Once this is posted, my husband’s birthday will have just passed. So we’ll talk about one of his problems. When we met, we were staying in Tokyo for a study abroad program and decided to fly to Kyoto to check that place out. He made the mistake of flying while sick and congested which made flying intensely painful. He found out later, after one awful 15+ hour flight home, that he burst his eardrum.
The eardrum is the membrane that converts sound into vibrations that your brain can understand as sound. It can be injured quite easily, which is why everyone advises against using cotton swabs to clean your ears. Loud noises and head trauma can also damage the eardrum. The danger that my husband was subject to was a change in air pressure (combined with his already congested sinuses). His sickness combined with the air pressure change put too much pressure on his eardrum and ruptured it.
Symptoms of a ruptured eardrum include the expected hearing loss/ringing noise in the ear, bleeding or fluid leaking from the ear, or an earache. However, it’s possible that you may feel relief from an earache if your eardrum is damaged.
Your doctor will have to diagnose your ear problem (since you kind of can’t look in your own ear) and he’ll have to use a special instrument to look in. Most injuries will heal within a few weeks, but could take months or (in my husband’s case) years. Sometimes surgery is required if the injury cannot heal on its own and infections may slow or prevent healing.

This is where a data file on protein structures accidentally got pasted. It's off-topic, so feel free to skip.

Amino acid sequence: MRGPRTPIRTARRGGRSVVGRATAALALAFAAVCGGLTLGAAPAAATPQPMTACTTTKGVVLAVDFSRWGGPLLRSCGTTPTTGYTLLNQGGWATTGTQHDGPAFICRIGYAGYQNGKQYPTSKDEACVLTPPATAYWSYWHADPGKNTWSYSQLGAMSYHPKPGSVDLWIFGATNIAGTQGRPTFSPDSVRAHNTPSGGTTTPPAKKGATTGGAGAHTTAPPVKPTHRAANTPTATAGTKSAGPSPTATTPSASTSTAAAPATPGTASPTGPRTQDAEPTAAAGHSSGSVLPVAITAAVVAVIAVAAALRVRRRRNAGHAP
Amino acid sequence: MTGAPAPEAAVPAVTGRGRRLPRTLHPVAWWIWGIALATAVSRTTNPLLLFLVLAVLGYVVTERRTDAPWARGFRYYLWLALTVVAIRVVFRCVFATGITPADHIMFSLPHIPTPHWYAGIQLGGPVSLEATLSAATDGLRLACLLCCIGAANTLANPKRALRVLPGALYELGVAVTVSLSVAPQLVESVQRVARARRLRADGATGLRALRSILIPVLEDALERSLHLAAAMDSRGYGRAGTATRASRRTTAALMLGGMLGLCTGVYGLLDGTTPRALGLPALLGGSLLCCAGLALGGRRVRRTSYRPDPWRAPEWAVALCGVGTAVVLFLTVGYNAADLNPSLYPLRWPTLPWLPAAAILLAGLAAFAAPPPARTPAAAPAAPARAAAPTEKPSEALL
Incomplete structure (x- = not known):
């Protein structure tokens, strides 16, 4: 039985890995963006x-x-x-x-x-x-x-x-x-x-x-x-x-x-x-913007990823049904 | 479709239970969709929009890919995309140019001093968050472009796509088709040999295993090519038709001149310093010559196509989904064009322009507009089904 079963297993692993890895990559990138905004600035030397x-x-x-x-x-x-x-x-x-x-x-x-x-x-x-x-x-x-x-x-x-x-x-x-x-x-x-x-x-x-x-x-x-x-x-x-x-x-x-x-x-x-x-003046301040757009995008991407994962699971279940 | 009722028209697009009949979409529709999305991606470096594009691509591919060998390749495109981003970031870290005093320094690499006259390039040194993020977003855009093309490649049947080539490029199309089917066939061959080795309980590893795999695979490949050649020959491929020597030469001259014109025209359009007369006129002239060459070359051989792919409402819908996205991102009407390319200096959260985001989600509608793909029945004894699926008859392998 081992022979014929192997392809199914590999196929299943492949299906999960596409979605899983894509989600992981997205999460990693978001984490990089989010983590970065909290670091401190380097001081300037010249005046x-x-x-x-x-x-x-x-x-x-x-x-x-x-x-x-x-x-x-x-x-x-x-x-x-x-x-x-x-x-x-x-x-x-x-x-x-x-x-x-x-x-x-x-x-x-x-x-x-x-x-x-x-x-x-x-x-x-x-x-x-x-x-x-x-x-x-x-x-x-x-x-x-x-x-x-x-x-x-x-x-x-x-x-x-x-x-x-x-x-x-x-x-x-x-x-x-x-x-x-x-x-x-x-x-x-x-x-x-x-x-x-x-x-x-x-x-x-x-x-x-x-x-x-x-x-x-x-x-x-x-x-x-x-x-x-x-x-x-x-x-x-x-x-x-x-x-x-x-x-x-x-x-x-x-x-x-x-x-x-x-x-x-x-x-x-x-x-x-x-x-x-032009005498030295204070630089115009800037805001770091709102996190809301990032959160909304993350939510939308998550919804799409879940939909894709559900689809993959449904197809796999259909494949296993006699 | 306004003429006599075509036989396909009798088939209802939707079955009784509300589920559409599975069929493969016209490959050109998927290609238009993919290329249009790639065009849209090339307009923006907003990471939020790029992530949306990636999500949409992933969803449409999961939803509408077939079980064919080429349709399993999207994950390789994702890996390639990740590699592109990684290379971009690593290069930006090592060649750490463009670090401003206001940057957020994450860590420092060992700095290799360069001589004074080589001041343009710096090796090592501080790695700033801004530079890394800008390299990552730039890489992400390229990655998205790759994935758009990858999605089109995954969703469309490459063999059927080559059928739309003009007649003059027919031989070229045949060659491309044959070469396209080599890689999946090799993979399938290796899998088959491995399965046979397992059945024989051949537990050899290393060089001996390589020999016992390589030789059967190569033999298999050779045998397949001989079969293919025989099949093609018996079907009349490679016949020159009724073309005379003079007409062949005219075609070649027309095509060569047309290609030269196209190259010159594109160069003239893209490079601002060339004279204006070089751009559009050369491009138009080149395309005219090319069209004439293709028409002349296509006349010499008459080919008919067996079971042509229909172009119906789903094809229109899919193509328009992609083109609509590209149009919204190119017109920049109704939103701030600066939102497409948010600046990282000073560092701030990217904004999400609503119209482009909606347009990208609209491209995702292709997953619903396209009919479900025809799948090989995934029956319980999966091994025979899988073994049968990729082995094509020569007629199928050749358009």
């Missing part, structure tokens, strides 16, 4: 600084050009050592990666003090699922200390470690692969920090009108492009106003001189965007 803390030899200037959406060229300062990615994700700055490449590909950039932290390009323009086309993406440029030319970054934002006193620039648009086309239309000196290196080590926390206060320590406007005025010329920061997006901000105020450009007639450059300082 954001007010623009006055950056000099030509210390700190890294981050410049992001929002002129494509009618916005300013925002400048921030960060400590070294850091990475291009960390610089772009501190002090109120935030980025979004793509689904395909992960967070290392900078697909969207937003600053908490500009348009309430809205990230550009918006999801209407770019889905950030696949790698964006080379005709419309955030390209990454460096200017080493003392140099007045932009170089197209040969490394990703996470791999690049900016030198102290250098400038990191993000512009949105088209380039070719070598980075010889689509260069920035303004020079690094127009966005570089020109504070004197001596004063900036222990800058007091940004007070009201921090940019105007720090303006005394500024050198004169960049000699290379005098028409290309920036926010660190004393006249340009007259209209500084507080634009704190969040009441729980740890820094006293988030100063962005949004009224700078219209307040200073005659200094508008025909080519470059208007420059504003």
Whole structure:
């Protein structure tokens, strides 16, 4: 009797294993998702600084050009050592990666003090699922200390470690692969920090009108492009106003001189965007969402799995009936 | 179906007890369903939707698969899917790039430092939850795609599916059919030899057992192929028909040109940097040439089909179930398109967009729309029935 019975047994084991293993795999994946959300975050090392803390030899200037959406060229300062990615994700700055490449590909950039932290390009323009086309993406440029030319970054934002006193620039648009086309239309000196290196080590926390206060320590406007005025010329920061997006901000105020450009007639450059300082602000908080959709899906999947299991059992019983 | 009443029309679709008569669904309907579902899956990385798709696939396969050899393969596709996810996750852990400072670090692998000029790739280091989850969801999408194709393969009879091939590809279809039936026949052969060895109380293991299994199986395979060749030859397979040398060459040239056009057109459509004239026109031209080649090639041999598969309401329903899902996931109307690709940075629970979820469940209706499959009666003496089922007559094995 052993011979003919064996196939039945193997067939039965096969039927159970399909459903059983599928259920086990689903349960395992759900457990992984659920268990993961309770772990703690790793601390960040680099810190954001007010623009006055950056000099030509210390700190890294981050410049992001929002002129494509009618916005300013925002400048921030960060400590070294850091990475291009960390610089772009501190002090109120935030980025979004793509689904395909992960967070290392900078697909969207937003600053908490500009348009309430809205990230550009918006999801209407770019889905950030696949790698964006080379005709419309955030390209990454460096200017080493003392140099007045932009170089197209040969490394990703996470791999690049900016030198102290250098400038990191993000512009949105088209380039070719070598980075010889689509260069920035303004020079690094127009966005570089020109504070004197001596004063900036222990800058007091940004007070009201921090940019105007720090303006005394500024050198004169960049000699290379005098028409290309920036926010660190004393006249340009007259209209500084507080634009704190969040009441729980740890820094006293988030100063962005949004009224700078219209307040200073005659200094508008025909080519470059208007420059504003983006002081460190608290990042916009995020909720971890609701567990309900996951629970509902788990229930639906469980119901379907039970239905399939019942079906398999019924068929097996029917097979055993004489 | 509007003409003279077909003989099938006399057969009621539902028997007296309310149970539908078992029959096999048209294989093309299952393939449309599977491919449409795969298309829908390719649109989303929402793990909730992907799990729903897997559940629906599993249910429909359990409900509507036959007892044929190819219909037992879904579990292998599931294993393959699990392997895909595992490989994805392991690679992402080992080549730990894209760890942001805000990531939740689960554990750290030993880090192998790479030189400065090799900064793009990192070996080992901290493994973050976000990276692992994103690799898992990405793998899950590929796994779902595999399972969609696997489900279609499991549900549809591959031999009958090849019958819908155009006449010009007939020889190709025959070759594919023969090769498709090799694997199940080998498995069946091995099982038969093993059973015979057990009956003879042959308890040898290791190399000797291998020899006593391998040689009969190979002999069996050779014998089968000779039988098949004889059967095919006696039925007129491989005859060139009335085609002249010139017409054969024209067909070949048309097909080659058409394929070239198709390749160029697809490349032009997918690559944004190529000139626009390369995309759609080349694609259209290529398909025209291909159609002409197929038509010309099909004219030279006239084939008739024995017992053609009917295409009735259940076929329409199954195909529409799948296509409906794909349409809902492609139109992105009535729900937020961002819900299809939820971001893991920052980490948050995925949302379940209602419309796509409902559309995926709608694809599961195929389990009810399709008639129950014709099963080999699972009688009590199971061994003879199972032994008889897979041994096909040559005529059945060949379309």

So don’t stick cotton swabs in your ears! If you do get something stuck in your ear, see your doctor to have them remove the object to minimize the risk of more damage. Avoid infections in general, but the cold and flu can affect the middle ear, as well as exposure to tobacco smoke and allergens. Immunizations may also help prevent these kinds of infections.
If you do end up with a perforated eardrum, antibiotics may be prescribed to avoid these infections or the doctor may patch up the hole. Keep water out of your ear (sorry swimmers) and try not to blow your nose which may mess with the pressure in your ears. Cotton balls with Vaseline can help protect your ear during a shower and warm compresses may relieve some discomfort. Ask your doctor before using any pain killers.
Most ear injuries will heal on their own with no issues and you’ll be able to continue with your daily life as normal. I think society as a whole needs to learn to stop putting cotton swabs in their ears though.
Info: Harvard Health Publishing: https://www.health.harvard.edu/a_to_z/perforated-eardrum-a-to-z